Viburnum prunifolium

Blackhaw Viburnum

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Blackhaw viburnum can be grown as a multistemmed shrub or a rounded tree since it attains heights of 12' to 15' or can even reach 20' to 30' over a 30-year period. The small, finely toothed oval leaves are similar to the leaves of cherry trees, which accounts for its scientific name. The flowers are white with yellow stamens, giving them a creamy appearance. The pink fruit turns black as it matures in autumn; this edible fruit can be used for preserves or jam if birds don't devour them first. Attractive fall foliage ranges in color from purple to red.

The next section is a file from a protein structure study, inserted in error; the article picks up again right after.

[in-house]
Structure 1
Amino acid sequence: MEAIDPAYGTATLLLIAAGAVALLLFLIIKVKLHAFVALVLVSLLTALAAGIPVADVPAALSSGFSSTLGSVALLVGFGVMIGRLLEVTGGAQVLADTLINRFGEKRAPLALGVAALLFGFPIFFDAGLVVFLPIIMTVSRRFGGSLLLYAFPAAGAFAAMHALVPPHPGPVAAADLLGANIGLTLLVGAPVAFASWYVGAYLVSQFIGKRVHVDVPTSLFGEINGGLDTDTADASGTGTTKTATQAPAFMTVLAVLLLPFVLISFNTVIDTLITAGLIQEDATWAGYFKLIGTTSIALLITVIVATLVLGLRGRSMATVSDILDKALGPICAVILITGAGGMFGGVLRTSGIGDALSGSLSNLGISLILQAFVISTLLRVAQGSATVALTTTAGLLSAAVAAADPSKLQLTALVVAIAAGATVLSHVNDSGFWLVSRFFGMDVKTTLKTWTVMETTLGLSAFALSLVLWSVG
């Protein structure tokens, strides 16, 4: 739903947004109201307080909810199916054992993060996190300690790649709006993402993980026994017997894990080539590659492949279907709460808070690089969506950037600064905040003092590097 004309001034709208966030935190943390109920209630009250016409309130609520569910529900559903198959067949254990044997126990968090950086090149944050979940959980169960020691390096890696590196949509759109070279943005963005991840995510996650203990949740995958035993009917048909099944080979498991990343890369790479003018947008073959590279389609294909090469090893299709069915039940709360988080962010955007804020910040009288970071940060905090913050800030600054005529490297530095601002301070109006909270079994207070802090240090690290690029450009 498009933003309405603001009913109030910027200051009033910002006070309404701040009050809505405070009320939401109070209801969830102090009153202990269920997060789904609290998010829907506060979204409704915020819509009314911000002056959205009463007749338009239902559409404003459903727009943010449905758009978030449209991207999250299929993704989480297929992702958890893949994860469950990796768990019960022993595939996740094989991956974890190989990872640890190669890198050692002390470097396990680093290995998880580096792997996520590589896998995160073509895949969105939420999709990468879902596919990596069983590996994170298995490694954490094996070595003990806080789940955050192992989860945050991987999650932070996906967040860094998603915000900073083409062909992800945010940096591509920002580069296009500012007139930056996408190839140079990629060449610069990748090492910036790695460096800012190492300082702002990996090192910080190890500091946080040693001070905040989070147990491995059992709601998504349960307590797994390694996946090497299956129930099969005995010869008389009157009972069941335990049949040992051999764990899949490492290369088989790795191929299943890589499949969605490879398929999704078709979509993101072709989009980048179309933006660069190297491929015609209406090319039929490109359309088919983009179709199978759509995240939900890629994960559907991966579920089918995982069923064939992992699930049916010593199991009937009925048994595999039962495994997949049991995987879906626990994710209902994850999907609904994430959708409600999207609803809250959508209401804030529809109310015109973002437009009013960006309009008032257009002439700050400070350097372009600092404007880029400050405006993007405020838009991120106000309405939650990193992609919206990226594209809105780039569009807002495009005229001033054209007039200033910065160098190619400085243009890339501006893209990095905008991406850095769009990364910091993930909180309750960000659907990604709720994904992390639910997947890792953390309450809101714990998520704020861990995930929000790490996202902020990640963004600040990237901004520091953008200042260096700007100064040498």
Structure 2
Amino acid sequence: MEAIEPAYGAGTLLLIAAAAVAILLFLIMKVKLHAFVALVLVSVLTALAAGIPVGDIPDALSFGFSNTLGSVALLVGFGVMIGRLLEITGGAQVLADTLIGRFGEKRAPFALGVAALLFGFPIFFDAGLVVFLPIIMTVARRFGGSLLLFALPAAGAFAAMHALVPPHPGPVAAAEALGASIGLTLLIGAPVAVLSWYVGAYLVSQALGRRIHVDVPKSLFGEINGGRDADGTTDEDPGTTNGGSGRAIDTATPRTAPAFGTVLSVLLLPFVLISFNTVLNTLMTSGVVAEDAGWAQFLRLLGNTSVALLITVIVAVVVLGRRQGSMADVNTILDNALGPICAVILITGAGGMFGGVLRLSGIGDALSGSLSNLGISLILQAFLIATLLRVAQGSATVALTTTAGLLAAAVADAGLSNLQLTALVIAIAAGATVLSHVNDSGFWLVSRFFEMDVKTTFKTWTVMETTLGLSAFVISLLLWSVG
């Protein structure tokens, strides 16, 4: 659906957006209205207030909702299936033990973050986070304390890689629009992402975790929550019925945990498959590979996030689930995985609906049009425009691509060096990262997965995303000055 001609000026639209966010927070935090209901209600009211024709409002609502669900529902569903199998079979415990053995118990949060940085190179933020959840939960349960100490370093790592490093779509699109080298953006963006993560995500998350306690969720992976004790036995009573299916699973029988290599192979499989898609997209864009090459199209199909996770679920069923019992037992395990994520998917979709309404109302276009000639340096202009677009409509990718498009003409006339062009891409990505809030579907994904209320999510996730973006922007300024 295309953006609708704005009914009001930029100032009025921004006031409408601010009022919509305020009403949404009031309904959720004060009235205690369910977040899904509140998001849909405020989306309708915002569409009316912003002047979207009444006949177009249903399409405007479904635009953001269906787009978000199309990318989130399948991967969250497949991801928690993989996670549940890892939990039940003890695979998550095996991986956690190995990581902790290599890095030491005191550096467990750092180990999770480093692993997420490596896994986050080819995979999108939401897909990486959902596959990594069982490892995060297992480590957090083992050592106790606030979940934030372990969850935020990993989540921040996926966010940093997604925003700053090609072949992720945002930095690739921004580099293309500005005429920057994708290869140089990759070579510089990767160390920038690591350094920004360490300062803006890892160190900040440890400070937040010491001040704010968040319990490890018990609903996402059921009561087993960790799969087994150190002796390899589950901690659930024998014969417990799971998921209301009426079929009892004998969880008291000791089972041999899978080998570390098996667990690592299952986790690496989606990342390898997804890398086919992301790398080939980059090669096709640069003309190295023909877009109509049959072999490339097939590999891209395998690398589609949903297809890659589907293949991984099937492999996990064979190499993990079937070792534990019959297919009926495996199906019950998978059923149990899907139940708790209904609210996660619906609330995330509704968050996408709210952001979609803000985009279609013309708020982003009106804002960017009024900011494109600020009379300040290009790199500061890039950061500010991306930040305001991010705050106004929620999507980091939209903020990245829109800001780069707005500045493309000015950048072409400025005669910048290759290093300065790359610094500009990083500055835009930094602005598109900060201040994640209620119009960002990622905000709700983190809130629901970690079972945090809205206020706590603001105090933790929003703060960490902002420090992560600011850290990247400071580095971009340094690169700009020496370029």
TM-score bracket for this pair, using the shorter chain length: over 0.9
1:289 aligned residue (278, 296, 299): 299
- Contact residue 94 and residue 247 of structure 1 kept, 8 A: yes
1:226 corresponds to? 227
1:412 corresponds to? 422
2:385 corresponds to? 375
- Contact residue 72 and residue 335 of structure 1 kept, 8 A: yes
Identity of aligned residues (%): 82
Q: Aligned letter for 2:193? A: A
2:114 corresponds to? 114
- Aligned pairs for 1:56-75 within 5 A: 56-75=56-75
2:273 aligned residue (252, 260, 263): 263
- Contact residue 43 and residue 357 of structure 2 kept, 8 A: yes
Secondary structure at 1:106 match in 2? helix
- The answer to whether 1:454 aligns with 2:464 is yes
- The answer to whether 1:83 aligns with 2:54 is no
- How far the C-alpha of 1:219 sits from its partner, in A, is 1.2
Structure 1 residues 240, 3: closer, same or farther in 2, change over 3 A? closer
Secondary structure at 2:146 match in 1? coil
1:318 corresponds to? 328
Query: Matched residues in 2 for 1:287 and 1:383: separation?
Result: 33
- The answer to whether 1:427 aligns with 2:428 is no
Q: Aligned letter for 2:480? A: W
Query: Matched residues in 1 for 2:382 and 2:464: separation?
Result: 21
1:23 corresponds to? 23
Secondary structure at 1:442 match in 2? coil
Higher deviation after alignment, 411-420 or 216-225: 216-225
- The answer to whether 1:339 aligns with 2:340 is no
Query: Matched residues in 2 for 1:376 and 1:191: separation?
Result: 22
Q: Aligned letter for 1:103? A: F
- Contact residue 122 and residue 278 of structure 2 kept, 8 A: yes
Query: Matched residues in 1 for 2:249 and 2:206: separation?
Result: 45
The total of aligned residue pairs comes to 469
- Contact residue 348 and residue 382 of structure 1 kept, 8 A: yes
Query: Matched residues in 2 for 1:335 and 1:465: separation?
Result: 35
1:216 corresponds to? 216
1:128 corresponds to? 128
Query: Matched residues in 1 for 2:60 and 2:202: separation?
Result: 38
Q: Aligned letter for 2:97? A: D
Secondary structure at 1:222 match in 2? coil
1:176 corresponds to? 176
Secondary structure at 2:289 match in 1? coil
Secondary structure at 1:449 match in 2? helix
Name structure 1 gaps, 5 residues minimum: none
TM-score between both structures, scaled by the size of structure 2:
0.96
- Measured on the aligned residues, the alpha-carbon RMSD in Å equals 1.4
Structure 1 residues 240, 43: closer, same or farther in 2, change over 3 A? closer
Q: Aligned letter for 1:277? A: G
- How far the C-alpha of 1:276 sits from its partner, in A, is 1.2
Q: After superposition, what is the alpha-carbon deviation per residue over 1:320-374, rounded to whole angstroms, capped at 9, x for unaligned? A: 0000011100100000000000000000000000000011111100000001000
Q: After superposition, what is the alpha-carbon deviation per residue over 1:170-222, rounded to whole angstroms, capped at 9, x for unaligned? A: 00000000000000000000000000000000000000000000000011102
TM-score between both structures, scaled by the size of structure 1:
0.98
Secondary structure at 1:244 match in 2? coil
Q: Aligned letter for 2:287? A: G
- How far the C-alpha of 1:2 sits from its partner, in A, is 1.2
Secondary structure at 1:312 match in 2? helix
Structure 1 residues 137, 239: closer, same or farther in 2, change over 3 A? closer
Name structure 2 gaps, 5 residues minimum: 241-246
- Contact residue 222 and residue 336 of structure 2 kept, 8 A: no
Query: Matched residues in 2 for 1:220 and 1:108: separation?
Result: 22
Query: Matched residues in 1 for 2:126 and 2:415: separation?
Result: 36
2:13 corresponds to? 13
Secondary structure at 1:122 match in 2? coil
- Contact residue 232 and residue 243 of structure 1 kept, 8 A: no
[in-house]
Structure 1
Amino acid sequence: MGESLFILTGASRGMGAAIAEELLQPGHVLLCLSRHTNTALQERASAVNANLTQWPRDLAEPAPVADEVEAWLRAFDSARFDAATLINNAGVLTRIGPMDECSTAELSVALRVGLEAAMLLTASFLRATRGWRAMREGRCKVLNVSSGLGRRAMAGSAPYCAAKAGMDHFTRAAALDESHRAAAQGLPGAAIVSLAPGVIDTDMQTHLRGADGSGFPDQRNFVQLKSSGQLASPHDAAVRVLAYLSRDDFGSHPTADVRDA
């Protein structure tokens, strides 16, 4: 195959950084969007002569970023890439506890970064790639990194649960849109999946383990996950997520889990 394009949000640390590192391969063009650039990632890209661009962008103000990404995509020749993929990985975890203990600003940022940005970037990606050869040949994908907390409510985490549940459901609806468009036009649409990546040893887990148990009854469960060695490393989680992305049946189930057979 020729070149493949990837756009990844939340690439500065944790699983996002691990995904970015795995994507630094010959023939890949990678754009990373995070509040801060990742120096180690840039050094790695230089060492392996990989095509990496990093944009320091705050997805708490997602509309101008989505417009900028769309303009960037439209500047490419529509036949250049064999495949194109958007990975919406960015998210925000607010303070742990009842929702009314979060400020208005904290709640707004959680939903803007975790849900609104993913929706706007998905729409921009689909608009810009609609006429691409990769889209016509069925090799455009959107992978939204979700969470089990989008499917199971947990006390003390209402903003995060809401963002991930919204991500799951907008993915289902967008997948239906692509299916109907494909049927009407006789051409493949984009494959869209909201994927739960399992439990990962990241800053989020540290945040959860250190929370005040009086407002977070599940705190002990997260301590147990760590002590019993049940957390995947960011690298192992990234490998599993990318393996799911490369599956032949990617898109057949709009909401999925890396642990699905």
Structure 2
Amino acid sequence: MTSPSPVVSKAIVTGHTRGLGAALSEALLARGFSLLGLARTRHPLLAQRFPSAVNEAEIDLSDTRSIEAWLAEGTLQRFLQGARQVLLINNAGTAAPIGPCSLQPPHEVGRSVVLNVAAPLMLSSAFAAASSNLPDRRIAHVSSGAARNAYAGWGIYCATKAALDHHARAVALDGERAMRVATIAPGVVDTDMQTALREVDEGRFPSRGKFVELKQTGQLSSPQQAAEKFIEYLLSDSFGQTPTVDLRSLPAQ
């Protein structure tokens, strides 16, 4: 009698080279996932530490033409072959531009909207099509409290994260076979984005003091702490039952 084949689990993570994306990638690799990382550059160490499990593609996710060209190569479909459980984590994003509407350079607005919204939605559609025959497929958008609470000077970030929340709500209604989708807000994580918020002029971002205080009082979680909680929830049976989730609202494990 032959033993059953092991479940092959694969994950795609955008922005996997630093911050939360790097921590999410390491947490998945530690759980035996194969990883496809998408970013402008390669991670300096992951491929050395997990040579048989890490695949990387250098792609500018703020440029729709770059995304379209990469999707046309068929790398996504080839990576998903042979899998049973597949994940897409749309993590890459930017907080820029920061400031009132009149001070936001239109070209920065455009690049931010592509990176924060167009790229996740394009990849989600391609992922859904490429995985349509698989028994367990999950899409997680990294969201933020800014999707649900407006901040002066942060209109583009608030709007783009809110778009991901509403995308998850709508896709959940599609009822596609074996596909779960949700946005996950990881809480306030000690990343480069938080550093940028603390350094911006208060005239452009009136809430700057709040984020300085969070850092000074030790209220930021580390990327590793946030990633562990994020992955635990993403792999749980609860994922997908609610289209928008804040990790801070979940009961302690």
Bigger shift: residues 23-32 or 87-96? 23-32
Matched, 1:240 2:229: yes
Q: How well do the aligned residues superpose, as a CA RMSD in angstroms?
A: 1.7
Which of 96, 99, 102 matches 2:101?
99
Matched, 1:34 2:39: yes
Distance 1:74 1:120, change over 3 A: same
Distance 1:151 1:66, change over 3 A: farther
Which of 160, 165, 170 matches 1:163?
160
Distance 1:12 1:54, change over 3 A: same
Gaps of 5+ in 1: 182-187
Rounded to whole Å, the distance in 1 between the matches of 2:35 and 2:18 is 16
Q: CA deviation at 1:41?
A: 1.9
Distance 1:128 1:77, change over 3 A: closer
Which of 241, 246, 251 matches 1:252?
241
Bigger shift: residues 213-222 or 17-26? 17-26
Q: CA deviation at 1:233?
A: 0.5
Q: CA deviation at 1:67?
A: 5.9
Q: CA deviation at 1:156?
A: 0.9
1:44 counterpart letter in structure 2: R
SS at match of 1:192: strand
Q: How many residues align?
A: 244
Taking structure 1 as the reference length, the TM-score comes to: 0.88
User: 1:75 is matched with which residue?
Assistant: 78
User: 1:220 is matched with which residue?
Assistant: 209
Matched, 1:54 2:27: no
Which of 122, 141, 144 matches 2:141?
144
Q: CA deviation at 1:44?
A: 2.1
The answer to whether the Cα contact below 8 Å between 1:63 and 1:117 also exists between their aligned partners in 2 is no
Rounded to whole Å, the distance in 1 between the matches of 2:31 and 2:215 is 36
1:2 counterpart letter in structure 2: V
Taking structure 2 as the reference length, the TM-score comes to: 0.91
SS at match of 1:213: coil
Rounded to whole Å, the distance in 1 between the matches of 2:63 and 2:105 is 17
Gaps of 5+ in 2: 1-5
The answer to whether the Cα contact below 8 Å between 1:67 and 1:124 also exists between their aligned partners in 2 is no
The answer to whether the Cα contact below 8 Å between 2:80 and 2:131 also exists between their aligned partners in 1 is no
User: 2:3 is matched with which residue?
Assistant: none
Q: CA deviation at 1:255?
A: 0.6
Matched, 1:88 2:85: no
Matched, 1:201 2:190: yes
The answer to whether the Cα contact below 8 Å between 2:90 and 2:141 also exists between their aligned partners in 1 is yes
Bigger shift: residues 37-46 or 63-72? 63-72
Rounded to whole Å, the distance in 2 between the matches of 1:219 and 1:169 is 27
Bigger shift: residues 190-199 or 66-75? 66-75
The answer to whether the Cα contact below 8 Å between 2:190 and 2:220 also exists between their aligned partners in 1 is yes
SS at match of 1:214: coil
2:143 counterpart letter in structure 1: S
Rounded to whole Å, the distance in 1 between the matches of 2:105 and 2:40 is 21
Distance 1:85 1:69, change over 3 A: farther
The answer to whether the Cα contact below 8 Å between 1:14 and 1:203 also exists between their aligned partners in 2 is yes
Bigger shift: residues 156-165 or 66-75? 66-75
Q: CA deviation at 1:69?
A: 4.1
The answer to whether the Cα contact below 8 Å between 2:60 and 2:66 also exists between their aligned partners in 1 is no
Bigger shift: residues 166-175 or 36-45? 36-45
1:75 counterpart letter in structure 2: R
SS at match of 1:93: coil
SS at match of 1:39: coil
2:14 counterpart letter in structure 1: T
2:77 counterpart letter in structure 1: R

Viburnums are a versatile genus of multi-stemmed shrubs that are well suited to the home landscape due to their range of sizes and cultural adaptability. Some viburnums are noted for their fragrant flowers; most bear small fruit that may add visual interest. Many viburnums have attractive fall color. There are over 100 different varieties of viburnum at the Chicago Botanic Garden.

Plant Shape
Full Sun, Partial Shade
Bloom Time
May - June
Bloom Color
Landscape Use
Screen/Hedge, Bedding or Border, Understory
Wildlife Interest
Attracts Birds, Native to Midwest
Plant Type
Hardiness Zone
3 - 9